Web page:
SEEKING APPROVAL FROM THOSE YOU LOVE is one of the strongest motivators one has at their disposal. Feeling good about your accomplishment is fine; however, having that “seal of approval” from someone else forms a stronger bond that can last for years. I remember to this day how I felt the first time I had to construct a diorama for a school project. The assignment was to recreate a scene from a book we were reading for class. My choice was an outdoor scene of mountains surrounding a secluded lake that the characters from the book would periodically visit. I had used a combination of materials, including rolled up pieces of plastic wrap for the lake. With a large assortment of colored markers and paints. I colored the pieces of cardboard I had cut out from a packing box, creating a mountain range with snow caps. For trees I used pipe cleaners that I would twist together to form the foliage over brown and black painted toilet paper cores. As I said before, I used a variety of things for this project. Once completed I was proud of what I had done. Family members praised my work which was both wonderful and expected; but, I really was hoping my teacher would shower her praise over my creation. She was a fantastic artist which made me value her opinion more than other people; gratefully she did not disappoint me. WHY I WAS REMINDED OF THIS memory was due to this musical movie. I have seen Elton John in concert a couple of times; once during his earlier years and the other recently. From the variety of acts I have seen live in concert, Elton was not a typical rock star. Many of them played off a certain sex appeal they were portraying. Male guitarists made it look like they were making love to their guitars; female singers would move in seductive ways. Elton was different; instead of trying to use sex appeal he went the spectacle route. The more flamboyant and outrageous he was the more his fans would scream for him. This is only my opinion; but because I was dealing with a poor self-image, I assumed Elton was also. Only when I could “dress up” in my workout clothes or suit did I feel better about myself. Seeing Elton dressed up in so many costumes led me to believe he was feeling the same way. Behind the façade there was a boy who wanted to be loved; I understood. If you wish to see what was going on behind the scenes, then feel free to watch this dramatic film about a music icon. FROM AN EARLY AGE ELTON JOHN displayed a gift for playing the piano. However, he was looking for something more. With Taron Egerton (Eddie the Eagle, Robin Hood) as Elton John, Jamie Bell (Billy Elliot, Film Stars Don’t Die in Liverpool) as Bernie Taupin, Richard Madden (Cinderella, The Take) as John Reid, Bryce Dallas Howard (Pete’s Dragon, Jurassic World franchise) as Sheila and Gemma Jones (Sense and Sensibility, Bridget Jones’s Diary franchise) as Ivy; the cast was well chosen. Standing above all of them though was Taron; he was incredible in his role, including his own singing. The acting and story drew me into this picture. I could not believe what I was seeing behind the scenes of so many memorable moments in Elton’s career. Granted I do not know how much truth was shown in this film, but nonetheless I enjoyed watching this movie for the most part. The one thing that did not connect with me was the use of fantasy scenes. A couple would have been fine, but I felt these scenes drained the emotional impact away from the story. It was amazing to see how so many of Elton’s songs’ lyrics lent themselves to the scenes. I would have preferred spending more time in the moment instead of turning the emotion into a fantasy scene. Whether one is a fan or not; one would be hard pressed not to be impressed with what Elton has accomplished in his life.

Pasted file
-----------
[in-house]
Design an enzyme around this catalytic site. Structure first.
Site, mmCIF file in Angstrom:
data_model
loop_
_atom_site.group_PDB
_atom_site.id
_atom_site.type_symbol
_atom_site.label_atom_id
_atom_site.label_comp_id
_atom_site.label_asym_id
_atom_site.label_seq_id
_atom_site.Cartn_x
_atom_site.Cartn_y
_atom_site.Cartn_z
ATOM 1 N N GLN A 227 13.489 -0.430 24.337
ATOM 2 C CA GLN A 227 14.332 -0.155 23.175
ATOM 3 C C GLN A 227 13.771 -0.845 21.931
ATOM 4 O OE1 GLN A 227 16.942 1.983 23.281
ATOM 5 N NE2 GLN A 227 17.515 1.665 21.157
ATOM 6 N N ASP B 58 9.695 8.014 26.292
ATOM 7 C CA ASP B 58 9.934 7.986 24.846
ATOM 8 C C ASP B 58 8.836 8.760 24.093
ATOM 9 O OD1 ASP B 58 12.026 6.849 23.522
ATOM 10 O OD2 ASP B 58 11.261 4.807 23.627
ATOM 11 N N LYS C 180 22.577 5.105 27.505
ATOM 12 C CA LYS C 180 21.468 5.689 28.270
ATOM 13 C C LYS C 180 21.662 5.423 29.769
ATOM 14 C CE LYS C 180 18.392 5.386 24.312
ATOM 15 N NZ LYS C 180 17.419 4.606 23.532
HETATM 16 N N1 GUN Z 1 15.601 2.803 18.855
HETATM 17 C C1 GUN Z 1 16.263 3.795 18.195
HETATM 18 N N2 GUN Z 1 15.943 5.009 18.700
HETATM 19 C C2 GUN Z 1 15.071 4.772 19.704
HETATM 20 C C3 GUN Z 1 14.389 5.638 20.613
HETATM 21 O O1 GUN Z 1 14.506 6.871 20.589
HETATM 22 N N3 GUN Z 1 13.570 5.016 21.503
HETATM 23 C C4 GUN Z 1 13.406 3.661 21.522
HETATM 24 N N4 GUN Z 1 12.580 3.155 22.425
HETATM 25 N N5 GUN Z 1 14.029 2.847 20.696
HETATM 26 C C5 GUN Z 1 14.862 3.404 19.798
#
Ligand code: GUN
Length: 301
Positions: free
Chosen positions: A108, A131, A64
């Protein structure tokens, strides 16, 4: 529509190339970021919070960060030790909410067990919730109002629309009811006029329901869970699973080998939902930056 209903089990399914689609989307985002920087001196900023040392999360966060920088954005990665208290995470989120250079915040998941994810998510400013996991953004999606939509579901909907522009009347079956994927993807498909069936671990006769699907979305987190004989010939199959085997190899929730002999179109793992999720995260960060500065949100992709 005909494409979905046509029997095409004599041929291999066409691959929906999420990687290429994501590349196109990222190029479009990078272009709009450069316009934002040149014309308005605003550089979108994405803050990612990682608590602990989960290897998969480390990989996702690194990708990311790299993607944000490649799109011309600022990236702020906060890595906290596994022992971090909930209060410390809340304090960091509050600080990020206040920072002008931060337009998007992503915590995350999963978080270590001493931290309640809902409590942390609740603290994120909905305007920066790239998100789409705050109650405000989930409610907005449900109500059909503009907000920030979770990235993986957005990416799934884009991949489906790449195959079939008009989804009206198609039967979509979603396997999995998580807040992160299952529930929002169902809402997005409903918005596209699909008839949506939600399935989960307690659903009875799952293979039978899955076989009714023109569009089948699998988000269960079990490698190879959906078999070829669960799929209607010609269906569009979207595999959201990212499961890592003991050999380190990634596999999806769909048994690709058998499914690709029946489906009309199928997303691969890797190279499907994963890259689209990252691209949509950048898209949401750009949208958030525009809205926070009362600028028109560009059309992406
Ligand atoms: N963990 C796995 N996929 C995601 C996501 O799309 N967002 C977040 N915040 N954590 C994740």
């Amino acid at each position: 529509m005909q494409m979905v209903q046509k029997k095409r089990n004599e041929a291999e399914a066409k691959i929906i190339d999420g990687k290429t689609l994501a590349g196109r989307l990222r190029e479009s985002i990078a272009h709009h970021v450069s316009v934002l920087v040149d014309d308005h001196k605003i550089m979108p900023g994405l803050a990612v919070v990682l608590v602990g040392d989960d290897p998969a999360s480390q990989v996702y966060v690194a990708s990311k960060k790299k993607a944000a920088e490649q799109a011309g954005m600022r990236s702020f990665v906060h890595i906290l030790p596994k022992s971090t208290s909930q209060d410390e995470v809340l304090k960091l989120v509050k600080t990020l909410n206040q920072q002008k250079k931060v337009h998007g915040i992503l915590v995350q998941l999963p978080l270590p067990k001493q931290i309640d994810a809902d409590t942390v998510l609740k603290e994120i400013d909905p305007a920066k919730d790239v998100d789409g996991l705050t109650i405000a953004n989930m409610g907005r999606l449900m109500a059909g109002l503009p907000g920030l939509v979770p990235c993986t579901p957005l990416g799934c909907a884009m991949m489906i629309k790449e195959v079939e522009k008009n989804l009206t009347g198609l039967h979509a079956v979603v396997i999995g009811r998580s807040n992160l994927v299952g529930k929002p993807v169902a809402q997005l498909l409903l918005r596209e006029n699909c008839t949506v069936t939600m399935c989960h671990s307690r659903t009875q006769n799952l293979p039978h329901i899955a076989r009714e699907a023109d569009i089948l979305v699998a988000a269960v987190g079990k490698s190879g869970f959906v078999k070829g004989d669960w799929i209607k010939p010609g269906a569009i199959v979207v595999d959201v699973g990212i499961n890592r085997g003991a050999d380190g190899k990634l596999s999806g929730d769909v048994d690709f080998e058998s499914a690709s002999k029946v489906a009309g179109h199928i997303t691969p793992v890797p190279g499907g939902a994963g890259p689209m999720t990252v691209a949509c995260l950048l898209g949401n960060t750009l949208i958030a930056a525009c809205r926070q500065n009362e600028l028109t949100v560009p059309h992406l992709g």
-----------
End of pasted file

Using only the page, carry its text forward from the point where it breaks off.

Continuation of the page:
2 ¾ stars